Morning Coffee: The worst thing to say when you're head of compliance. Time to leave capital intensive trading jobs in big banks?
When Noah Perlman, Morgan Stanley's former long-serving head of financial crimes, joined Binance as its new head of compliance in January 2023, he declared that his job was one of the “most challenging opportunities in compliance.”
Five months later, that looks like an understatement. And Perlman's predecessor hasn't made matters any easier for him.
Yesterday, the SEC published a 136-page document detailing all the ways in which it says Binance broke its securities rules. The key accusations include the fact that Binance was allegedly operating as an unregistered securities exchange and that it broke the laws relating to know your customer (KYC).
Binance has promptly issued a riposte stating that it intends to defend its platform "vigorously." It says the SEC's decision to go about "unilaterally labeling certain tokens and services as securities," which enabled the accusation that it was operating an unregistered securities exchange, lacked the "thoughtful, nuanced approach," necessary when dealing with [delicate] crypto products.
It's not clear whether Perlman had a hand in writing the unattributed Binance rebuttal, but as the current head of compliance he presumably wasn't too far removed. There are many reasons in the SEC's long document to suggest that Perlman will have a role in helping to fight the regulator's case; chief among them is the fact that Perlman's predecessor dropped the exchange directly in it.
In 2018, Binance's then chief of compliance, unnamed in the document, is said to have stated to another unnamed Binance compliance colleague (seemingly in delight): “We are operating as a fking unlicensed securities exchange in the USA bro.” It's not the ideal thing to say when you're head of compliance at an organization claiming that, "dedication to compliance is a core pillar of our culture and operations."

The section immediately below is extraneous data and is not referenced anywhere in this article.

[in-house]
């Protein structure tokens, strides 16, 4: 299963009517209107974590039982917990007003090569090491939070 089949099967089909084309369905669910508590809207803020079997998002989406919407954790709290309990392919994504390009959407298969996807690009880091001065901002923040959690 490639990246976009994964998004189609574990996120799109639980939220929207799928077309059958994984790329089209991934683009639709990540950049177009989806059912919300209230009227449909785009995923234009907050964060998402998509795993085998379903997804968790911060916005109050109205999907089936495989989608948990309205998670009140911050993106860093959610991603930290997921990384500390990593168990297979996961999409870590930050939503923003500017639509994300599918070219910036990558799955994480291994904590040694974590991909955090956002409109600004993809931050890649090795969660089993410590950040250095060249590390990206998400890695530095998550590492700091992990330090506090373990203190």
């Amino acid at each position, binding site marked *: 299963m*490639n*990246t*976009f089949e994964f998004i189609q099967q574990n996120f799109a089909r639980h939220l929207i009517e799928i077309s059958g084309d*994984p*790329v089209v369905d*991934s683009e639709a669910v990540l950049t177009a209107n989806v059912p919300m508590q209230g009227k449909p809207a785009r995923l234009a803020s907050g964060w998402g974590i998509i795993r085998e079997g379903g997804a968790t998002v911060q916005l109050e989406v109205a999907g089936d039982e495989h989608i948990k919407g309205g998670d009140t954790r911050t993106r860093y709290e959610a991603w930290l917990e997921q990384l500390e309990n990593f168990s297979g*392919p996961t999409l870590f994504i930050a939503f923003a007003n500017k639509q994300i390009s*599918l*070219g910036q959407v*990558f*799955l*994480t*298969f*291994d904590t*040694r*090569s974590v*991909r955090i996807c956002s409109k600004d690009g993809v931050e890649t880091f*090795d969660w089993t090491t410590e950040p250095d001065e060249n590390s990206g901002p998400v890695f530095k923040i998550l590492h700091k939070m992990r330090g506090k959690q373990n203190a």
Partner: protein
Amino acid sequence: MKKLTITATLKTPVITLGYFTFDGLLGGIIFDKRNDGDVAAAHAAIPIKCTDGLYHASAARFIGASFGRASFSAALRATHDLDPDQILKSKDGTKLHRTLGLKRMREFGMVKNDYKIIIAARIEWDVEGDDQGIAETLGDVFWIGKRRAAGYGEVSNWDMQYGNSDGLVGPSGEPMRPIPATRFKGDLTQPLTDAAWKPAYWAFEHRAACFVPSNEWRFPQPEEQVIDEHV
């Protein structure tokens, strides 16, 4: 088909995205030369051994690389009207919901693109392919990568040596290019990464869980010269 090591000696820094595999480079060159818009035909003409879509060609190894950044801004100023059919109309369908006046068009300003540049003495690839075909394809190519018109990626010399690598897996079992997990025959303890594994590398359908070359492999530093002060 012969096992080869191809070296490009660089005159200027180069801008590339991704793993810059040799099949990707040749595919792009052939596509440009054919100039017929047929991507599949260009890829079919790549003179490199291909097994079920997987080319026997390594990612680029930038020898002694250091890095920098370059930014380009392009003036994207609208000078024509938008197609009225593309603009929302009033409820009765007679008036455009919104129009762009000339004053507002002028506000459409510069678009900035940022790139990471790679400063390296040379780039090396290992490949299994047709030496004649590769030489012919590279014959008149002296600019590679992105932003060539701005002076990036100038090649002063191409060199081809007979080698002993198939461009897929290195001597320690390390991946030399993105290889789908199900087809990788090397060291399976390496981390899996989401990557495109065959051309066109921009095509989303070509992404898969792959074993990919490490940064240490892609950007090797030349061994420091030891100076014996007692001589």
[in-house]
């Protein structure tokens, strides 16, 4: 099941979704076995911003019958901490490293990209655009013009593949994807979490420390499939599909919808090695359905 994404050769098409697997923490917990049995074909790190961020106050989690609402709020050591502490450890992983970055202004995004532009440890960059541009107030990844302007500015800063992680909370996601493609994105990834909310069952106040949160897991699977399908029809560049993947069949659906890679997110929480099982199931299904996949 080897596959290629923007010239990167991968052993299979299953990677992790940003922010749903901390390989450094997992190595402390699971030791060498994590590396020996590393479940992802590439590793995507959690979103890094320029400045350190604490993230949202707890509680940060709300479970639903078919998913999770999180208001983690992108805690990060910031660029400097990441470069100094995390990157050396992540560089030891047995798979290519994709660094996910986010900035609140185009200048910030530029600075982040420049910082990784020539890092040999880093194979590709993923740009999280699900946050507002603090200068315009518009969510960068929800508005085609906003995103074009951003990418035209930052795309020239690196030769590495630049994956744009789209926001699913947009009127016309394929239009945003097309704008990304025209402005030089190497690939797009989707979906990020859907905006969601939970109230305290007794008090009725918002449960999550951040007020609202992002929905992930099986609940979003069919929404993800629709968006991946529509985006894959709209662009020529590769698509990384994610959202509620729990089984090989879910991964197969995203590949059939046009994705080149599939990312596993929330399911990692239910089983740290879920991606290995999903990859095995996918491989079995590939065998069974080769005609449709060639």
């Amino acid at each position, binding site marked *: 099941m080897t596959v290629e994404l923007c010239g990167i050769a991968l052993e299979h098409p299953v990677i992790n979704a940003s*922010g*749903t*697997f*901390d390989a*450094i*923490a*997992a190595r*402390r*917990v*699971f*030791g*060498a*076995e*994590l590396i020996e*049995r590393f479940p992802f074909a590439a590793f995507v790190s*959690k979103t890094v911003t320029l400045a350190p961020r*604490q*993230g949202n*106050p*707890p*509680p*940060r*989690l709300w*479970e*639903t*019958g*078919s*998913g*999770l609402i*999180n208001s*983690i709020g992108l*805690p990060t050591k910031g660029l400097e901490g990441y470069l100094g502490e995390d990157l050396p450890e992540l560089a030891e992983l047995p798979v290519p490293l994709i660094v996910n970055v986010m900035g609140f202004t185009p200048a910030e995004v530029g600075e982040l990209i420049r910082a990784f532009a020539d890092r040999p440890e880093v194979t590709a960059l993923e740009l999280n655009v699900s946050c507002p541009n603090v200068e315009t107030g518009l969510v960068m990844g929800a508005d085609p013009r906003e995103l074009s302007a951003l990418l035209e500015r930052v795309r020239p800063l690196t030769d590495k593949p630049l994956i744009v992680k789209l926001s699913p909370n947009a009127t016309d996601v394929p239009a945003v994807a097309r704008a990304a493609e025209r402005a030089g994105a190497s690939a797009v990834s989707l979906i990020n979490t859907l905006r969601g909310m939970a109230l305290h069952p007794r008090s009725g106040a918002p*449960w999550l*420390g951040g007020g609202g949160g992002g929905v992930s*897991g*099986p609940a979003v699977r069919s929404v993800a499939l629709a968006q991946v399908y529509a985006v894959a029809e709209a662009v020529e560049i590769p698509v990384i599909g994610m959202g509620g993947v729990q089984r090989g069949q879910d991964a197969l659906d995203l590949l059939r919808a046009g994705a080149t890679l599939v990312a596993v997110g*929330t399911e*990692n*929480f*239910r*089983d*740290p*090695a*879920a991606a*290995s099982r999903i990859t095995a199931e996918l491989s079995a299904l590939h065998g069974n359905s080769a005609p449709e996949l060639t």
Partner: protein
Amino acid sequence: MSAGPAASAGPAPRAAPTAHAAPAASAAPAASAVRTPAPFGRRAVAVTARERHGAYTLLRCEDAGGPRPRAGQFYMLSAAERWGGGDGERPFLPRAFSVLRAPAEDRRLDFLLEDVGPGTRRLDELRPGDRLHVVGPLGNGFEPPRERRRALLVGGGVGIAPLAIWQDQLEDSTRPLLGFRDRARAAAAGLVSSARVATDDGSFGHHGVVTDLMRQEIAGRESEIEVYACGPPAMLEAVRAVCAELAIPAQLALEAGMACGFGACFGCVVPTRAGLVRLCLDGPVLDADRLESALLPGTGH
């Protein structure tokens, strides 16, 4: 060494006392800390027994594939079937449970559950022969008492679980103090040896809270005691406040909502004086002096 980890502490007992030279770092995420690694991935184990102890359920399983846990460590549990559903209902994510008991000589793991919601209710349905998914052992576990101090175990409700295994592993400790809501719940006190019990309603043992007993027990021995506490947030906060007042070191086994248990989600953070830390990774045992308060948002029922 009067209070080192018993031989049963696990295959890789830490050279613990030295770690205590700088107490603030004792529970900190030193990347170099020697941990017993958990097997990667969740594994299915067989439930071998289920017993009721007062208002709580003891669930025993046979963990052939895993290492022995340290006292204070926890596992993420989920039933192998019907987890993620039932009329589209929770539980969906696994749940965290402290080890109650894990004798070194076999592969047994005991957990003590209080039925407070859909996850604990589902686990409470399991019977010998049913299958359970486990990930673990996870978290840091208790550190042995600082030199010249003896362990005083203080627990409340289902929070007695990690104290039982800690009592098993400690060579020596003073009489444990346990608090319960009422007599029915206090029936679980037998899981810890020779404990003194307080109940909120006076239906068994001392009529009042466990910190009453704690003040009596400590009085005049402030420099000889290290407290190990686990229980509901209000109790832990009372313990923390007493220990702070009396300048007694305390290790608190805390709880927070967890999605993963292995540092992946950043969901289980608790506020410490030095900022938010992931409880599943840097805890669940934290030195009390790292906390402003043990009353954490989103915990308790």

Perlman and his 750-person strong team now need to prove that compliance really was a Binance 'pillar', which might also be difficult in light of various internal emails about the advantages of encouraging US clients to use VPNs in order to disguise their locations. For a man who's 'crypto journey' reportedly began when he sat on a committee at Morgan Stanley to evaluate crypto opportunities, it's a new and awkward kink in the road.
Separately, if you're a trader who drank the Daniel Pinto Kool-Aid last week and were subsequently taken by the notion that market share is accumulating in big banks because only big banks have the big money to spend on big trading platforms, you might want to dial back a bit.
The Wall Street Journal reported yesterday that big US banks could soon see a 20% increase in their capital requirements, and that the banks with big trading businesses will be most susceptible to the rise.
This doesn't bode well if you're trading capital intensive fixed income products at, say, a JPMorgan. Now might be the time to join a much smaller bank instead - the new rules may apply to any bank with over $100m in assets.
“While Zhao and Binance publicly claimed that Binance.US was created as a separate, independent trading platform for U.S. investors, Zhao and Binance secretly controlled the Binance.US platform’s operations behind the scenes.” (Bloomberg)
UBS wants to keep hundreds of bankers in Asia and has been proposing compensation targets to the MDs it intends to retain there. That number doesn't include China. (Bloomberg)
Another resignation from Barclays' US M&A team: Steven Markovich, head of software banking, left for Centerview. (Yahoo)
Hedge fund Marshall Wace hired Todd Builione, a partner and global head of private wealth at KKR in New York to run its US business. (Financial Times)
The debt backing Elon Musk’s $44 billion takeover of Twitter still hasn’t been sold, while other financing from earlier in 2022 is being sold only at heavy discounts. (Bloomberg)
Jamie Dimon doesn't want to be president and is "very happy in his current role.” (Reuters)
People who have less than two hours of free time per day are less happy. (So are those who spend more than five hours daily on unproductive leisure pursuits, like scrolling Instagram.) (WSJ)
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